Every story you hear about Mackenzie Holmes speaks to the kind of person she is off the basketball court.
There’s the little tidbits of information, like the fact that she was the one watching Miller Kopp’s dog whenever he had a game. Her teammates saying that if anyone ever needs a ride anywhere they know she’ll have their back.
She cheers from the back of the room whenever her teammates or head coach Teri Moren take the stage at a press conference. She’s quick to sing the praises of teammates and pass off credit to them.
Mackenzie Holmes has been an incredible representative of Indiana University during her time in Bloomington and will continue to do so once she moves on from here. She’s also been an incredible representative of her home state of Maine.
If you look up who’s searching “Indiana women’s basketball” around the country, Maine comes in second place after Indiana among the 50 U.S. states. She’s proud to be from there and they’re proud of all she’s done in a Hoosiers uniform.
And she’s not done yet.
On the Court
Mackenzie Holmes is, without a doubt, the most dominant post player in the entire country. On offense and defense. She won Big Ten Defensive Player of the Year while averaging 22.3 points, 7.3 rebounds and 1.2 assists per game.
She was an AP First Team All-American, the program’s first, last year for a reason and she’s a preseason first teamer this year as well.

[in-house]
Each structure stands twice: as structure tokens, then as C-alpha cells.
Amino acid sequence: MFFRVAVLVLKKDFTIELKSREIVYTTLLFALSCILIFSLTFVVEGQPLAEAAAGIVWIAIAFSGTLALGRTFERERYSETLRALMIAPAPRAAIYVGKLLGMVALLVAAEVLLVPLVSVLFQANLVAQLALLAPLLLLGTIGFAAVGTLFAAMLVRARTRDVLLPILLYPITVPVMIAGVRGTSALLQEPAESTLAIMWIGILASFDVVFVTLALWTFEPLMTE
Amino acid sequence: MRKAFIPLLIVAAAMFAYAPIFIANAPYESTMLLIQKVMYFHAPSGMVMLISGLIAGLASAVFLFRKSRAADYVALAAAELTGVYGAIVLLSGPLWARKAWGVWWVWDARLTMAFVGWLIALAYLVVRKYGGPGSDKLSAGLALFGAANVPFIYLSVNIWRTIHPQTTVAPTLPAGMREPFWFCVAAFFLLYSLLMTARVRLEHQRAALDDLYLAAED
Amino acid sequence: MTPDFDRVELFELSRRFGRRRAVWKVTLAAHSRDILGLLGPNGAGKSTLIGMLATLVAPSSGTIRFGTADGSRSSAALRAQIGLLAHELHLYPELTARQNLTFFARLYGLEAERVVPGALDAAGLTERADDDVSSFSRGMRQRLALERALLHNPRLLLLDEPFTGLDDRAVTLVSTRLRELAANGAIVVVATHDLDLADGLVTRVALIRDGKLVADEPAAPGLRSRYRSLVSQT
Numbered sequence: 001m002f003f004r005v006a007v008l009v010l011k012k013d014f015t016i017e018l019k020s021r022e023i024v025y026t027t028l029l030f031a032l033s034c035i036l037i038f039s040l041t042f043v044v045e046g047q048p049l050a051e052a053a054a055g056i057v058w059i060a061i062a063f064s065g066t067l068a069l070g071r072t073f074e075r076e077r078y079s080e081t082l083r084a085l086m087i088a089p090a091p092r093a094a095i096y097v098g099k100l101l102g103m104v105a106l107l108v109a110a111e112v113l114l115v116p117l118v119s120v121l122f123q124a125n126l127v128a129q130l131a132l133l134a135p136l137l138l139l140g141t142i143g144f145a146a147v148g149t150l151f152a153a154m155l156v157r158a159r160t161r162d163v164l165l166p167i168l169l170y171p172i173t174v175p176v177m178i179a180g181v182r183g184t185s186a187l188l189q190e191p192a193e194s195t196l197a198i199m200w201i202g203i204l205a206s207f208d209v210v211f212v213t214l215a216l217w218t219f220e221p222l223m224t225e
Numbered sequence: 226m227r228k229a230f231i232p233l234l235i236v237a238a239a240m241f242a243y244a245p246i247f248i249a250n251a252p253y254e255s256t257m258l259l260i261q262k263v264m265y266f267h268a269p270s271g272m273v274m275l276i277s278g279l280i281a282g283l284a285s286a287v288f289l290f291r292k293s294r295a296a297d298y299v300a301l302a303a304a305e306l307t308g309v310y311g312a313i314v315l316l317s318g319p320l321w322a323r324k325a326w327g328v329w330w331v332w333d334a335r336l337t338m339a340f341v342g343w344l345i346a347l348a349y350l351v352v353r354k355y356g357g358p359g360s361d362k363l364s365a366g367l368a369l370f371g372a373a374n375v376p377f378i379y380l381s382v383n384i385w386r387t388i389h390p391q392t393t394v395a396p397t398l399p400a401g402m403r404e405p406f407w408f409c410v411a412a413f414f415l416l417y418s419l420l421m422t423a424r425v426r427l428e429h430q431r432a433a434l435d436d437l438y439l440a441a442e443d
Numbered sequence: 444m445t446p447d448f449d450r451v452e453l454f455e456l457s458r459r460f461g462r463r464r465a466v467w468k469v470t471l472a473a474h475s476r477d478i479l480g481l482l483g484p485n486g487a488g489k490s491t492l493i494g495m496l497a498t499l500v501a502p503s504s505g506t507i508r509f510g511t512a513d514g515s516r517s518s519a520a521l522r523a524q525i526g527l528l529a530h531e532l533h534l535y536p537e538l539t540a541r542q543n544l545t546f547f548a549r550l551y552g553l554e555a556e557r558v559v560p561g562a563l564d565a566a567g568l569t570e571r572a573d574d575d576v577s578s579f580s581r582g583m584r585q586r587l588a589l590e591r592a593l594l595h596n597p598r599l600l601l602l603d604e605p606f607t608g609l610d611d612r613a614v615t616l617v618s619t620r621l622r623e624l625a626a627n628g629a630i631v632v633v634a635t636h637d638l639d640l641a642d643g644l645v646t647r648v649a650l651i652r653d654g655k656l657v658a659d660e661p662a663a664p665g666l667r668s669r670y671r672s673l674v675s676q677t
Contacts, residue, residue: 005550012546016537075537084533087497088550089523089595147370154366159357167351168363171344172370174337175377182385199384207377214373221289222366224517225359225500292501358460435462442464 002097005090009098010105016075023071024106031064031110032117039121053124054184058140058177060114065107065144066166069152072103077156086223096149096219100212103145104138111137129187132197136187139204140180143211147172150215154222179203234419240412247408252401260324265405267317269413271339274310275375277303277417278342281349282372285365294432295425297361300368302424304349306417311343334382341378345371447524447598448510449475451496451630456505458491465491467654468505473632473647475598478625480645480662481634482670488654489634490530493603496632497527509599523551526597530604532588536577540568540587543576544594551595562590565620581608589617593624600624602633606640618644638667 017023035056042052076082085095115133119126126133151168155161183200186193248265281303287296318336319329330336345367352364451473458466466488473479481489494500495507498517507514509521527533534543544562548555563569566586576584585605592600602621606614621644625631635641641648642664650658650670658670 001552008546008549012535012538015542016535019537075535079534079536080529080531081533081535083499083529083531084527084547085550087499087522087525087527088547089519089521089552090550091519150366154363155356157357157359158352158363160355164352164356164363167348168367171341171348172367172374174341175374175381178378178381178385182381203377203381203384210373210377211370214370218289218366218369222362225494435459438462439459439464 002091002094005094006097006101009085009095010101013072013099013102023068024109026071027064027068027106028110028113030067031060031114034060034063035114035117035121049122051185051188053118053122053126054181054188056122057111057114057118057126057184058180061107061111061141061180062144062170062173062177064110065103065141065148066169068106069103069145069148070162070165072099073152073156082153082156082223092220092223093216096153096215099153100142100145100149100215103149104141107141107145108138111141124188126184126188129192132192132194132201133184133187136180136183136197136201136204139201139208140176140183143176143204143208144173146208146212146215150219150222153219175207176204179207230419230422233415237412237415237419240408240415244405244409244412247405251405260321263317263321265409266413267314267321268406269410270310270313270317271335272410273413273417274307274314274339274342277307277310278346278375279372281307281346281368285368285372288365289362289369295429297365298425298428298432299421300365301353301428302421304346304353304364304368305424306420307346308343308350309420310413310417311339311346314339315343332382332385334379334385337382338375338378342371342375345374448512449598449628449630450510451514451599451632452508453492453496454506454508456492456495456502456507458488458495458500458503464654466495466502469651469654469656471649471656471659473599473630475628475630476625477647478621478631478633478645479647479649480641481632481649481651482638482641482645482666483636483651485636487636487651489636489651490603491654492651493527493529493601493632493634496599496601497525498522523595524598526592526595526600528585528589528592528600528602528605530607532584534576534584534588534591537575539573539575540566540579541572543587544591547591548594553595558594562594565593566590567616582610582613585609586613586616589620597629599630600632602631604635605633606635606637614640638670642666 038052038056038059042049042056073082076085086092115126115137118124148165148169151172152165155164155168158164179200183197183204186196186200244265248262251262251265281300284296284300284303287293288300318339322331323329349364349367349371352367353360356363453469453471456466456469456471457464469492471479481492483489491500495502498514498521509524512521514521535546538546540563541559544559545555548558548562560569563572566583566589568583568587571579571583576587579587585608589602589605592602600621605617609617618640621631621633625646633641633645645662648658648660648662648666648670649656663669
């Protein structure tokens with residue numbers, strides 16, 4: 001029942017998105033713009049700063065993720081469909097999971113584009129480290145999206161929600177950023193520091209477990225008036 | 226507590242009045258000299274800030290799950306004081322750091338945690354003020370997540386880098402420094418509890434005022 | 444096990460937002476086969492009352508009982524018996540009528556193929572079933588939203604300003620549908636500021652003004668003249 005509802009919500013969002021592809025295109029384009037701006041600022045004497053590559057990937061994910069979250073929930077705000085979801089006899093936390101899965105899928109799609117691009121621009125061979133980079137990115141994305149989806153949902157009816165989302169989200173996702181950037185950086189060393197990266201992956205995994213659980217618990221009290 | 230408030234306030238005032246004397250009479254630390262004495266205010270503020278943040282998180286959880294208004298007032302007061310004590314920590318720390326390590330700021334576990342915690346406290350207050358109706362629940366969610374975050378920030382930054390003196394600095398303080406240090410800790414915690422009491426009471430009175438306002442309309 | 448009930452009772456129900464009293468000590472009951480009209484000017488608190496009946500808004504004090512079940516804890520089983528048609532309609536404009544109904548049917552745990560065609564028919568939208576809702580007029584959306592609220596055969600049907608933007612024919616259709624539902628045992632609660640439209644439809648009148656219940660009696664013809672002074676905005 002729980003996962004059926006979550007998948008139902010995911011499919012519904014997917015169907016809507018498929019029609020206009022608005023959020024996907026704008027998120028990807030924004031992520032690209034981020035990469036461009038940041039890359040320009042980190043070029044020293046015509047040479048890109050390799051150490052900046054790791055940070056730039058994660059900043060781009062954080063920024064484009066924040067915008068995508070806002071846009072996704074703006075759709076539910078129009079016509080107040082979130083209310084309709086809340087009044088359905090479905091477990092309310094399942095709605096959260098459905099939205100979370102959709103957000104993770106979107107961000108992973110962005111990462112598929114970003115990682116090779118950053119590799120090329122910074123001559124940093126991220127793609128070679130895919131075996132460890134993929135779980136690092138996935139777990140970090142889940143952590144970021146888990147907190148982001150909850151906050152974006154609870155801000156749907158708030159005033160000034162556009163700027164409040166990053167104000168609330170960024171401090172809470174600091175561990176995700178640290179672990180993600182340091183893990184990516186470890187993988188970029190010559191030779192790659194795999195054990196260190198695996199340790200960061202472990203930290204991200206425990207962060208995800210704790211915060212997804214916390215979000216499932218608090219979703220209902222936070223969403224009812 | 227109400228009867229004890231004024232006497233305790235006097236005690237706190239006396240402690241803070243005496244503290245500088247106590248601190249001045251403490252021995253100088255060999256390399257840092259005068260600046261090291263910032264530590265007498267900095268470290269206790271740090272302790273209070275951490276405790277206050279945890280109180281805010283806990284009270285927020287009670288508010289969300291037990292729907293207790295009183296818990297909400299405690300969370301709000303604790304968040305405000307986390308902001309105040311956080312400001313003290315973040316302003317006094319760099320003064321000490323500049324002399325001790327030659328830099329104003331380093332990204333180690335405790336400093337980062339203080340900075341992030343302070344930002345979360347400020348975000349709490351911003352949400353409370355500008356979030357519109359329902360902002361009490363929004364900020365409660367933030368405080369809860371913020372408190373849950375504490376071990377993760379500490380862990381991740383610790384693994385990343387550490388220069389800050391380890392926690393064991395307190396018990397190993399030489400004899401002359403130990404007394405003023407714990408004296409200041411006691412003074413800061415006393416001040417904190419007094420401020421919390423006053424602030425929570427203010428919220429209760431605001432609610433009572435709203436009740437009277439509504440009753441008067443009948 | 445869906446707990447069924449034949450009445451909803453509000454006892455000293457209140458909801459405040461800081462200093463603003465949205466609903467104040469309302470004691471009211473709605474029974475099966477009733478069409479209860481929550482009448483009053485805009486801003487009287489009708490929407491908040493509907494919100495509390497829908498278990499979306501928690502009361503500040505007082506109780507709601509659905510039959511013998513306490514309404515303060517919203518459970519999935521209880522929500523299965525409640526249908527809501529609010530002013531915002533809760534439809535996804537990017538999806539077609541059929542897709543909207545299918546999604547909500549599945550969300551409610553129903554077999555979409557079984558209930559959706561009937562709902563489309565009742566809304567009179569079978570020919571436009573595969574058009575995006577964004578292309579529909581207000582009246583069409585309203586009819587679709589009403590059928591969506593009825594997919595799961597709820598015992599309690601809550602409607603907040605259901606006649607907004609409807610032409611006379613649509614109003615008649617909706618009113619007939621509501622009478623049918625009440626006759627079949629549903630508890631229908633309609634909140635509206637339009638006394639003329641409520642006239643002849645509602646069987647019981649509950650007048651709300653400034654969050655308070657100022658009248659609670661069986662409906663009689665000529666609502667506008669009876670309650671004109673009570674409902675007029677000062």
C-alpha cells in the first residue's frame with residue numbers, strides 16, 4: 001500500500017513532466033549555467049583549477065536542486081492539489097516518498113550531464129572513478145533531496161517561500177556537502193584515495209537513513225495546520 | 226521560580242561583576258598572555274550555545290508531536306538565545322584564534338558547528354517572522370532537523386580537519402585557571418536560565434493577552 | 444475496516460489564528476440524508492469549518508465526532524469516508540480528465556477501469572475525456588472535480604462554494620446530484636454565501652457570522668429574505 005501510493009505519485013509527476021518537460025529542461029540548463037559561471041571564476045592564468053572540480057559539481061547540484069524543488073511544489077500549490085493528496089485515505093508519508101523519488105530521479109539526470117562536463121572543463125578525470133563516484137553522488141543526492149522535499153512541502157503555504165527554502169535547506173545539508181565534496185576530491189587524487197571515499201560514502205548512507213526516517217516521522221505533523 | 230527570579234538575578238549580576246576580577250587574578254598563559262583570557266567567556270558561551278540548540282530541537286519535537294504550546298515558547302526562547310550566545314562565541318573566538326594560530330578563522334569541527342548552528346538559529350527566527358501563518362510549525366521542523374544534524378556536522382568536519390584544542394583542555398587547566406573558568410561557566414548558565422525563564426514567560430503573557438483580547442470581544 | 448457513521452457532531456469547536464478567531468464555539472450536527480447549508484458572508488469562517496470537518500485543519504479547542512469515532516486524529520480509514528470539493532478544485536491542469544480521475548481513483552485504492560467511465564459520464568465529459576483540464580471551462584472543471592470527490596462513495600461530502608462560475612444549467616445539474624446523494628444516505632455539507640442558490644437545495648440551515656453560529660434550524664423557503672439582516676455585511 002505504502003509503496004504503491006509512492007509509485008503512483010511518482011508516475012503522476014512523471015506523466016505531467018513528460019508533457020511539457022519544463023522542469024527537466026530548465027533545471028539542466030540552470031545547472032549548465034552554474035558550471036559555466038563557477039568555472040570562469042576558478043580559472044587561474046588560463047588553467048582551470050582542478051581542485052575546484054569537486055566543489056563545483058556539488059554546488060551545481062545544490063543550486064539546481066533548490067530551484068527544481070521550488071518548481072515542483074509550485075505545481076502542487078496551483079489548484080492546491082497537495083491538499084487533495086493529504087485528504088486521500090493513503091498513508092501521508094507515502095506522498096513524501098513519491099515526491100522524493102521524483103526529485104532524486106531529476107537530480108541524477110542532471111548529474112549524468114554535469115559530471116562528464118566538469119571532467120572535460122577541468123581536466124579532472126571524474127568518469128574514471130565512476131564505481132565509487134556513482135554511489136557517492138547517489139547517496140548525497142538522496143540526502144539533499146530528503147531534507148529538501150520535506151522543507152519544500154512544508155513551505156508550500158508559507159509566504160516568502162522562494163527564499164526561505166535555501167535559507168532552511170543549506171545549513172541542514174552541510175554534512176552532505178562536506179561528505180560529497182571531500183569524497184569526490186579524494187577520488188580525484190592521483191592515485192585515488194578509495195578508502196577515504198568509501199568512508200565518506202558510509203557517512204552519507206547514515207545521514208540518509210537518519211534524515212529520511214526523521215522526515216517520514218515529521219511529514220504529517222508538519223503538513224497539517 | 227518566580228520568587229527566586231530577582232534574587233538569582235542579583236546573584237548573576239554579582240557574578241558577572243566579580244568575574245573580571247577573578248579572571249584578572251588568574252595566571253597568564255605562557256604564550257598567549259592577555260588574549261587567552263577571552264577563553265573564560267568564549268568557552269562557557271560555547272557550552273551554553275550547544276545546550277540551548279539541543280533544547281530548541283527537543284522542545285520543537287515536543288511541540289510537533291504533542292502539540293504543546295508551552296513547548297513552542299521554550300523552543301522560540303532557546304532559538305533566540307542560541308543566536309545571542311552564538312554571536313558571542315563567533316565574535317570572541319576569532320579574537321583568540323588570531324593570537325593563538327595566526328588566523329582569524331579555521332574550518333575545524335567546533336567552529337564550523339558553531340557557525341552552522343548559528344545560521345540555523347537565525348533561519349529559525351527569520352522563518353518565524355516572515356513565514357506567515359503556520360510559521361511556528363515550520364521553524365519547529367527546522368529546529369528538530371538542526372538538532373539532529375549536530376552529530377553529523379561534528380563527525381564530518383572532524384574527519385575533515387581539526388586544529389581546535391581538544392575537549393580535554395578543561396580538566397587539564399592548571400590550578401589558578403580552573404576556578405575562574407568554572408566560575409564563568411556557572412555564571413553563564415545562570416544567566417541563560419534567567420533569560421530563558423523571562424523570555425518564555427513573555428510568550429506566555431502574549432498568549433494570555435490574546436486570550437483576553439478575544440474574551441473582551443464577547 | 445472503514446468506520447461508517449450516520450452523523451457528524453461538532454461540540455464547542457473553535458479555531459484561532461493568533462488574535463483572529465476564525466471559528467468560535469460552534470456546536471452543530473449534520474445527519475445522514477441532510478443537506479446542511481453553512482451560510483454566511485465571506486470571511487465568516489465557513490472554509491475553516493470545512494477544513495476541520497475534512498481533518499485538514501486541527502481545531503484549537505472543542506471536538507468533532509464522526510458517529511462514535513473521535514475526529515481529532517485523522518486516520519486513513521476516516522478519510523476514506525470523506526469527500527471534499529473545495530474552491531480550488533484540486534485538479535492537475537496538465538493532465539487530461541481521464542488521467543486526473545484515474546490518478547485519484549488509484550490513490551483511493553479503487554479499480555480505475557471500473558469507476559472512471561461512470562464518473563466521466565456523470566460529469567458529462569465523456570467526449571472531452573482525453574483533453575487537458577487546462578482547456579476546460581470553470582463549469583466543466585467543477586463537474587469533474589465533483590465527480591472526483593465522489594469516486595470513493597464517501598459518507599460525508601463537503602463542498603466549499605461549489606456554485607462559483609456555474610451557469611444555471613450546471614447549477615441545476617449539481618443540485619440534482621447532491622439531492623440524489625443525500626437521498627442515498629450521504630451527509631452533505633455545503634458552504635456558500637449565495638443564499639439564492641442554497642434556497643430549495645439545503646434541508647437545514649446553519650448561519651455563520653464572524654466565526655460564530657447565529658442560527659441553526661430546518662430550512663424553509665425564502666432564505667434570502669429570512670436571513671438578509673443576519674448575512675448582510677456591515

The mere threat of Holmes down low opens up space on the arc for shooters like Sara Scalia, Yarden Garzon, Sydney Parrish and more. She’s the reason why Indiana has so many different ways of beating teams on offense.
On defense she’s a looming presence in the paint capable of shutting down some of the best post scorers in the country and baiting them into fouling out.
If Holmes gets the ball down low she’s almost unstoppable as a scorer. Between her frame and footwork she can get the ball to the rim through a defender or two. Or, at times last year, three.
Multiple players have been forced into fouling her on shots that just go in anyway, she’s that good and typically knocks down the accompanying free throws in turn.
Indiana loaded up on 3-point shooting talent last offseason with Sydney Parrish, Sara Scalia and Yarden Garzon. The attention they demand from the arc only opens more space for Holmes to get open in the paint and vice versa, it’s excellent complimentary offensive basketball.
She uses the attention her presence demands to her advantage. If she’s double or triple teamed, somebody else is open. She’s finding an outlet and getting the ball into ideal scoring position. Indiana’s offense is built on ball movement and finding the best available shot, and every player on the court does so at a high level.
If a shot doesn’t go down, Holmes is a capable rebounder as well even through aforementioned double teams.
Drive the lane at Mackenzie Holmes at your own peril.
Five years of Big Ten basketball and facing competition at the highest level matter here. Nobody is trying anything that Holmes hasn’t seen and stopped before.
Most layups attempted when Holmes is in the area end up being launched into the stands. She’s an instinctive, attentive shot blocker and you’re really better off just passing the ball off. That presence in the lane is enough to deter drives to the rim if the ball-handler can get past the perimeter defense.
She’s an incredible talent, but more time spent on the bench is in everyone’s best interest giving the long league schedule.
She’ll have an opportunity to repeat as the league’s best defender and best post in the country. Her legacy is already cemented as a Mount Rushmore type player in program history regardless.